Karen and I are flying to the Ukraine today for our final World Race debrief of the year with our squad of 32 (the first time an entire group has stuck together for the duration). After landing in Kiev, we fly to Yalta for a few days. So much has happened in the year. So many stories to tell!
Waking up all I saw was pitch darkness. I heard some voices coming from the floor below me. Who the heck is that, I remarked to myself as I rolled over. The cushion beneath me was quite a surprise, a stark difference from what I had been used to. The voices continued blabbering sounds that I couldn't comprehend. Was I in Ukraine, a train, Guatemala? Suddenly I realized the darkness was due to my red eye covering that was banded around my head. Lifting the shade from my eyes, a bright laser beam coming from a box in the middle of the wall zapped me. All at once it hit me; I was in Romania.
"Don't look at the dead chicken….don't look at the dead chicken," I chanted to myself as I lugged a wheelbarrow full of sewage and a disintegrating chicken up a hill. Earlier that morning we had a meeting with our new contact, John. He asked us what kind of projects we were interested in, and I felt led to led to do two things: Lead a Bible study twice a week, and find service projects to do every day. John seemed excited because he feels that the best way to reach his community of gypsies is to serve them. Within the hour my squad-mate Ben came flying through the door, "Marisa, I found a 500 year old woman cleaning her gutters." I was on it.
Grabbing the closest person to me, Katie and I went on a search for our 500 year old Grandma. We found her in a ditch digging out a backed up sewage line. She was wearing all black, which only means one thing…someone recently passed away and she was in mourning.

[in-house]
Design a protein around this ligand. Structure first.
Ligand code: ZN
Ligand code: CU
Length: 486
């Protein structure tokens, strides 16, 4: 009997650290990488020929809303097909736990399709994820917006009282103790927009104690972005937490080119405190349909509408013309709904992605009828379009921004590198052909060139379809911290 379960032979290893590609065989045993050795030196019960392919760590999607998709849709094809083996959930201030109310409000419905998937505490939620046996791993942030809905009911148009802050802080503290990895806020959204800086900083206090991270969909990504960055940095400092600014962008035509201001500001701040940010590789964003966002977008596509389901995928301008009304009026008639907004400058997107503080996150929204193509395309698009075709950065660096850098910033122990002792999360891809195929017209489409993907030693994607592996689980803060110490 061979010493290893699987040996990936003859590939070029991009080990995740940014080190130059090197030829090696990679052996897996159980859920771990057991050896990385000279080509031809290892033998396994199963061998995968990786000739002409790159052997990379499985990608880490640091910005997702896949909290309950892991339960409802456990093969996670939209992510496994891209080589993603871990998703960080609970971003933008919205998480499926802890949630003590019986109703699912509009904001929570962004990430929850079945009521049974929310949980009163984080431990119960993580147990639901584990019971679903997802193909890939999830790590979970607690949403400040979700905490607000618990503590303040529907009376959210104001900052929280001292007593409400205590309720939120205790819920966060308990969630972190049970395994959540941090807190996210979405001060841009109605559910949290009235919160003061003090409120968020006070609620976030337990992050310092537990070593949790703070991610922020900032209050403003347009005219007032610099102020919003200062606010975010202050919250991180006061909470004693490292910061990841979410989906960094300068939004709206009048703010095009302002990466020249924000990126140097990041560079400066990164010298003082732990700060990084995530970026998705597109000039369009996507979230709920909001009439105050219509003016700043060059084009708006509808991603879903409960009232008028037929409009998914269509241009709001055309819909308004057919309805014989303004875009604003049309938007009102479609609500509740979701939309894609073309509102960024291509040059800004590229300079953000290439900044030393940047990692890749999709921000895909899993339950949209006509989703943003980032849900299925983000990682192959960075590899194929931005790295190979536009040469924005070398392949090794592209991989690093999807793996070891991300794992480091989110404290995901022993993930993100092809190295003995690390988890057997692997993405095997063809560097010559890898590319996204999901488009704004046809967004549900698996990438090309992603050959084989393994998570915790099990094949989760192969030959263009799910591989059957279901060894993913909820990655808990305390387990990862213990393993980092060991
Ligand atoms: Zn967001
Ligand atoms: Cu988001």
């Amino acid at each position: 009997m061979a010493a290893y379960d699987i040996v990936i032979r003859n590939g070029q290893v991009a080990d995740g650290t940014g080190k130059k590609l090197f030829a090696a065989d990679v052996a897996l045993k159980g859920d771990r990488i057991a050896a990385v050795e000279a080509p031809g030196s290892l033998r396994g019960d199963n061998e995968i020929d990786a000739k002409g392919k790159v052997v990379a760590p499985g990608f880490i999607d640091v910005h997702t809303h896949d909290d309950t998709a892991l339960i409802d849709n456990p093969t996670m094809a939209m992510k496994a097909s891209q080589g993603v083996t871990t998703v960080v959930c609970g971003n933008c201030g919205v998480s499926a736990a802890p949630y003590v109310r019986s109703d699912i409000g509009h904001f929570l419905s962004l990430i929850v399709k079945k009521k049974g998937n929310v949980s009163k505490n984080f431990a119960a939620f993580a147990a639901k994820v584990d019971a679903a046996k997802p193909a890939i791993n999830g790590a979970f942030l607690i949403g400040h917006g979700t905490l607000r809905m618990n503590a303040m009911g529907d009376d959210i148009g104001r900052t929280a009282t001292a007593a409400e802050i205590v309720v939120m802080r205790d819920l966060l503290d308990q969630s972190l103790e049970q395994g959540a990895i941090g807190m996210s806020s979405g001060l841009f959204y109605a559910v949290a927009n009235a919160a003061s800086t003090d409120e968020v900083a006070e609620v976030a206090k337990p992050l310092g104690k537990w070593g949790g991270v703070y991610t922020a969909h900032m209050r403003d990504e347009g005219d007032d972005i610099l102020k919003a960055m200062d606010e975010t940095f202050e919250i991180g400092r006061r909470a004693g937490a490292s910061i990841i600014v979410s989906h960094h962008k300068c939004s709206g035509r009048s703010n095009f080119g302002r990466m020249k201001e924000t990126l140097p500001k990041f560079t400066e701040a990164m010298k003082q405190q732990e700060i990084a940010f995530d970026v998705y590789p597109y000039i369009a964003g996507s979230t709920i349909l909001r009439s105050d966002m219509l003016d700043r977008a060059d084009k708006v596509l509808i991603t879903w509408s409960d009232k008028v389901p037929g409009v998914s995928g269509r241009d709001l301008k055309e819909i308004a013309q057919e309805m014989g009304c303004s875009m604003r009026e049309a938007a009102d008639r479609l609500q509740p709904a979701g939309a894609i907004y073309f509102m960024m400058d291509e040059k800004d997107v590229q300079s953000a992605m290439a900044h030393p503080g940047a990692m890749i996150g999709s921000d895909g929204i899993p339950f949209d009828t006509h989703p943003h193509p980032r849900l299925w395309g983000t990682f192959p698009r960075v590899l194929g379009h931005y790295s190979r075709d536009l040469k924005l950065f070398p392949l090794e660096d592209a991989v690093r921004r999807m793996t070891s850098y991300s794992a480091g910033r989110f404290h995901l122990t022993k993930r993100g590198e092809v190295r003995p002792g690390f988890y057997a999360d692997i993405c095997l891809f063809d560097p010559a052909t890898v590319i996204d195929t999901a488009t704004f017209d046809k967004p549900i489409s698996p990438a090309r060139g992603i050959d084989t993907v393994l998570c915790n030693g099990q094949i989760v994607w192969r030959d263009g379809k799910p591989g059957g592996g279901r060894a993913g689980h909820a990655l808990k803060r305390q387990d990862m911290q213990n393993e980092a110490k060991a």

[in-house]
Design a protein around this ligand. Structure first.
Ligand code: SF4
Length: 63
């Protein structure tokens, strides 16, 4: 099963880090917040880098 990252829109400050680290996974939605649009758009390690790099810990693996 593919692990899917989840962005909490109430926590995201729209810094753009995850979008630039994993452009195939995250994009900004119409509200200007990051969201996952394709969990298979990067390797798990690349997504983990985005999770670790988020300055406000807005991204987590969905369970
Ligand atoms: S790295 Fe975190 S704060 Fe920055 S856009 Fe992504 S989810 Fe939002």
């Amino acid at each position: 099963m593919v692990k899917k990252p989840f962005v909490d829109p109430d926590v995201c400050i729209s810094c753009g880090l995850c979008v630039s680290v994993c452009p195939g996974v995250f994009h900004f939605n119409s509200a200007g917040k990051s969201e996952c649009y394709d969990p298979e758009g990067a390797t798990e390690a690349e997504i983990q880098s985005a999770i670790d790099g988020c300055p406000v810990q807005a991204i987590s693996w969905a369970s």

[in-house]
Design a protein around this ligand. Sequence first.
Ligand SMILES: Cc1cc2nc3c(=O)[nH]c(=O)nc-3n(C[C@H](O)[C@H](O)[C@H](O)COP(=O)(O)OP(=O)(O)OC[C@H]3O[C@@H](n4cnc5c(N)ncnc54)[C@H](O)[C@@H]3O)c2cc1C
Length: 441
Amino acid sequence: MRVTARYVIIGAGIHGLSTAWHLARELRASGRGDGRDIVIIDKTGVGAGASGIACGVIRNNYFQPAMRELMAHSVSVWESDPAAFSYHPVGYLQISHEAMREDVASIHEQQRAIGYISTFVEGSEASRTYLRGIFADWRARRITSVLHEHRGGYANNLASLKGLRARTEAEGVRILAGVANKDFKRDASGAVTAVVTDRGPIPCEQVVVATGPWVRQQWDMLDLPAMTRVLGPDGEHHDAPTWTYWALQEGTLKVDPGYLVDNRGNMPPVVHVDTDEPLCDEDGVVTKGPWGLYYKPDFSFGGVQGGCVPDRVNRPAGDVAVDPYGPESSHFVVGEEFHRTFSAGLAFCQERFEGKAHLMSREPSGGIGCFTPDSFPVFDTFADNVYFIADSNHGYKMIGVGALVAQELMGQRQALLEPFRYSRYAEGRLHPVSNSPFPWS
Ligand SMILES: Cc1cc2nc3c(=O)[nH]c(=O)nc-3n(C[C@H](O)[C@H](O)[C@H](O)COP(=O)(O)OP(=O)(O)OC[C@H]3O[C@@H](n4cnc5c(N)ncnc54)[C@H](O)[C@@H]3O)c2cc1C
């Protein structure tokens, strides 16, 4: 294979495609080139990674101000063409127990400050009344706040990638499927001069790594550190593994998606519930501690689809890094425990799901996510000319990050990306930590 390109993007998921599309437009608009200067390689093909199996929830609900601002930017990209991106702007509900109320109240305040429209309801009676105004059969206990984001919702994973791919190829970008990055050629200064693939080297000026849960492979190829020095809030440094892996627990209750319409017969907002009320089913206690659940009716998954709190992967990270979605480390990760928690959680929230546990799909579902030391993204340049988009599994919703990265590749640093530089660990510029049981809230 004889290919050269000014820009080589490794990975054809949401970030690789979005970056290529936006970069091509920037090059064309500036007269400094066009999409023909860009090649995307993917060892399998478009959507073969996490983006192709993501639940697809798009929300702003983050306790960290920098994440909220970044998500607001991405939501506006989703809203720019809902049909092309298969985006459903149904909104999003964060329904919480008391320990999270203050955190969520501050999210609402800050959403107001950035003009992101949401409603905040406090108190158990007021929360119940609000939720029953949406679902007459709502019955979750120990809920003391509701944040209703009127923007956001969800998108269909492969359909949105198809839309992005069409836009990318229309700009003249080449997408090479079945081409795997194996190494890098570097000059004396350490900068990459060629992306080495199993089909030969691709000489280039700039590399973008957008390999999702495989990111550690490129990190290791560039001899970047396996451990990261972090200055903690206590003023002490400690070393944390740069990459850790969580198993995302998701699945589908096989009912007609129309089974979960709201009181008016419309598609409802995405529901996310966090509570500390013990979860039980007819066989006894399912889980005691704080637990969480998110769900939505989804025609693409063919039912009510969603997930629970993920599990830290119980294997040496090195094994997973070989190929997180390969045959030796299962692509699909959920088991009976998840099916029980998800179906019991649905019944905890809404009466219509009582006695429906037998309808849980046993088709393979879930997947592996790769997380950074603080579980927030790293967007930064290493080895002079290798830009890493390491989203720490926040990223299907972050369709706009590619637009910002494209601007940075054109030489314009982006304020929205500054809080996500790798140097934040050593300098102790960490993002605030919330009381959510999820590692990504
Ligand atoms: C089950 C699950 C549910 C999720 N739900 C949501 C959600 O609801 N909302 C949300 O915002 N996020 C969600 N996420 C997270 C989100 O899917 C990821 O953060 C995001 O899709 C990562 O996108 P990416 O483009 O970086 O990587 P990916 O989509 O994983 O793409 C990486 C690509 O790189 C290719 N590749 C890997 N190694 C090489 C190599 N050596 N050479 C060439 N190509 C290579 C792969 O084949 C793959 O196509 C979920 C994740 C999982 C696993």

She obviously didn't speak our language so we simply grabbed her shovel from her deformed hands and started scooping the juicy turd pies into the bin. As we dug, Grandma insisted on helping us. Ben's estimate was close but I am going to say that Maria was closer to 80 than 500. Her face held so much beauty in every crease of her hard-worked skin and her white stray hair that fell out of her black head wrap.
We worked for a good hour when a familiar face came riding up on his bike. His name was Bogden, a 21-year old goofy guy that came to our campfire the previous night. Imagine a farm-hand kind of guy, class clown, southern football player who ONLY thinks about girls and drinking beer. He watched us for a good five to ten minutes before he came up with the idea of helping us.
Now, Bogden only speaks Romanian, and despite the fact that he knows we don't, he talked constantly, only stopping a time or two to pull out a fake rose that was in his pocket as he made over-exaggerated smooching noises. He gave the rose to me so that I could smell it and then quickly took it back. A little while later he was getting kind of dirty so he gave it to Katie to hold onto for a little bit. Soon it was Katie's turn to take the next load up the hill. About the same time as she got to the top, a pretty gypsy girl walked past us.
The scattered Bogden said something to her as he reached in his pocket. He looked down in disbelief-where was his smelly rose? The moment was priceless as I yelled to Katie to hurry up and give his rose back to him. Unfortunately, the gypsy girl didn't feel like waiting. She turned around, whipping her hair in the wind, walked a bit and then turned around one last time to give him goose bumps all over. His stout frame slumped over after she turned back around. He had been planning giving her that rose all day, and now he was stuck in a ditch with two Americans and old woman who's false teeth moved when she talked to us. I did my best to console him as Grandma rolled her eyes and laughed.
I am still laughing. I love this life, and the opportunity to serve these people. There is much work to do here and we are THRILLED!